Wednesday, February 29, 2012

Google Terms Changes

On March 1, the terms and services that Google provides will change. I thought I would explain what these changes mean.

Here are the new Google policies: http://www.google.com/policies/

If you use Google for holding documents, mail, and calendar there is a shift coming that you may or may not enjoy. If you are logged into Google and you run a search on a given topic, the first search results may include your own personal files or emails now.

Google's terms are changing to link your information into your own personalized search engine. And while most people may think this is an invasion of privacy, it really isn't. It is only showing up for you because you are logged in. Others will not see your personalized results.

But Google does track your personal search history and some people are really frightened about what that means. So there are steps you can take to remove your history. This site seems to provide a good step-by-step process for removing your history or even activating the tool to help you remember your search history.


https://www.eff.org/deeplinks/2012/02/how-remove-your-google-search-history-googles-new-privacy-policy-takes-effect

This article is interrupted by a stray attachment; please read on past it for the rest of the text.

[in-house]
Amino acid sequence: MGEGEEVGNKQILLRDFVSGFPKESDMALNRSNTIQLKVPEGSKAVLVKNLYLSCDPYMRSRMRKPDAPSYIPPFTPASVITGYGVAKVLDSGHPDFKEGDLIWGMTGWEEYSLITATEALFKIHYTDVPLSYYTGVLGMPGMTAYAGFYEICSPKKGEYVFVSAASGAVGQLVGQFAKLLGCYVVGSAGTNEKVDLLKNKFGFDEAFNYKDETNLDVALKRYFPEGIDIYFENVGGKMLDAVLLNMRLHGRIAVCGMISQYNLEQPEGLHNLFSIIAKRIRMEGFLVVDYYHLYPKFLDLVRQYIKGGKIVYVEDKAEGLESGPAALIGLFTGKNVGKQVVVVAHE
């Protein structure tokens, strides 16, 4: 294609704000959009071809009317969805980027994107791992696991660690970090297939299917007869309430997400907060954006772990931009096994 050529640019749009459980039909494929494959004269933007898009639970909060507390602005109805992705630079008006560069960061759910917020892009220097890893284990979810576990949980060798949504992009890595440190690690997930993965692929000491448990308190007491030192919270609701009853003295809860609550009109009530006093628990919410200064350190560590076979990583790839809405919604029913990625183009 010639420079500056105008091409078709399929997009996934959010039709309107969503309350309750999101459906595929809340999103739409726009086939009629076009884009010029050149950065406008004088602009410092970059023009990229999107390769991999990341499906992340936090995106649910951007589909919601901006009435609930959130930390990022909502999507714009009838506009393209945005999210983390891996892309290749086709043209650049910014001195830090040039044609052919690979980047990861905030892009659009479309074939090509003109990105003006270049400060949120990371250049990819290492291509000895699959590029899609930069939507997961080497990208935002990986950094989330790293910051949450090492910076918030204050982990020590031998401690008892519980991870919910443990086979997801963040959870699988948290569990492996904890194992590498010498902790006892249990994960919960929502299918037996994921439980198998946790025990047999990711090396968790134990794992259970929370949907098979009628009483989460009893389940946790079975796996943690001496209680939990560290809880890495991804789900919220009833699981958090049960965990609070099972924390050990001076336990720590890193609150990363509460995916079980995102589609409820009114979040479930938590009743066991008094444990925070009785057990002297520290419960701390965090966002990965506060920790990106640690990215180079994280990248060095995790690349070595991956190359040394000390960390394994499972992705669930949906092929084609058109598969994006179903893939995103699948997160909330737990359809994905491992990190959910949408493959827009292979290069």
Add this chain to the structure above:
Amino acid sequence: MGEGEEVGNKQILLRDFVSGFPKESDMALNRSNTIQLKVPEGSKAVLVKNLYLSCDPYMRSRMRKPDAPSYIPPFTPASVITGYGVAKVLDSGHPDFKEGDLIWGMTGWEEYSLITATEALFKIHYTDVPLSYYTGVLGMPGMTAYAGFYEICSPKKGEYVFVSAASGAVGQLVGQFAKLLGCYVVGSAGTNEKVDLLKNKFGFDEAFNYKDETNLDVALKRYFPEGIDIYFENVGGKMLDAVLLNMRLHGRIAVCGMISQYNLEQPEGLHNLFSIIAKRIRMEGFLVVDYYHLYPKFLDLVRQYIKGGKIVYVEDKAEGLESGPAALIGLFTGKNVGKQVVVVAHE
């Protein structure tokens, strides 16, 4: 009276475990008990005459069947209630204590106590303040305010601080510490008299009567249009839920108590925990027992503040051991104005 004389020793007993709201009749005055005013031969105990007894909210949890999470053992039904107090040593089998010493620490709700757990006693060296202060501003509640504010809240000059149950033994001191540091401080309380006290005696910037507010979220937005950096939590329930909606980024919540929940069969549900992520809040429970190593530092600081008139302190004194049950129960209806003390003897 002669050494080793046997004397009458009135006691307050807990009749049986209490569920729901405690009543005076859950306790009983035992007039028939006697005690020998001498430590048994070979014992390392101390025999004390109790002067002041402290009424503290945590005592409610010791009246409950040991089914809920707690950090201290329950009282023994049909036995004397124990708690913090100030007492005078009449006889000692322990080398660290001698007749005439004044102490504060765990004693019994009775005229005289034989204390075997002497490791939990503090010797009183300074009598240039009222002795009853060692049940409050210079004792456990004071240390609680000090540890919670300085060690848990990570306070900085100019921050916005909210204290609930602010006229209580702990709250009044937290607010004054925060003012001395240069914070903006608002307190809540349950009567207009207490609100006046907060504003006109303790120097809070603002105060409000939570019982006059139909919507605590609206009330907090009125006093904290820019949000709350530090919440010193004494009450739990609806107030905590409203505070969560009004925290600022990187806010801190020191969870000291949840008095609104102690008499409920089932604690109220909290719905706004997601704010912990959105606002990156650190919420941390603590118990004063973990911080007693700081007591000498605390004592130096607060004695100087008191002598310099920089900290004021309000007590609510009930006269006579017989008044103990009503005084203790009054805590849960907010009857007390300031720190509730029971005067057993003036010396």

So why are people making a big deal about all this?
The deal is that now the search engine is going to be searching the content people have been posting in their accounts. People hold their own data very securely. Some people want to use Google to hold their mailbox in one area that is searchable and their files in another area that is searchable. But to mesh them together where Google can search all means that Google now has merged all your data into one searchable spot. And this is kind of frightening to some people who really want to know their data is secure.

A big deal in education:
Some districts have authorized Google Mail to be their student email system. But in CIPA rules, you can't allow outside school officers to data-mine private student data. When the terms go into effect, districts are effectively giving Google the ability to data mine student data because the new policy is putting the power of Google Search into data-mining student's files. So there is some scratching of the heads in districts about what to do about this.  Google is a great tool but the CIPA policy needs to bend a bit to allow this to continue.

Can I opt out?
No. Google's policies and terms will apply to everyone. They don't give you an option to turn this off. The policies are their policies to make and they are setting this as the new policy for how their tools will work. 


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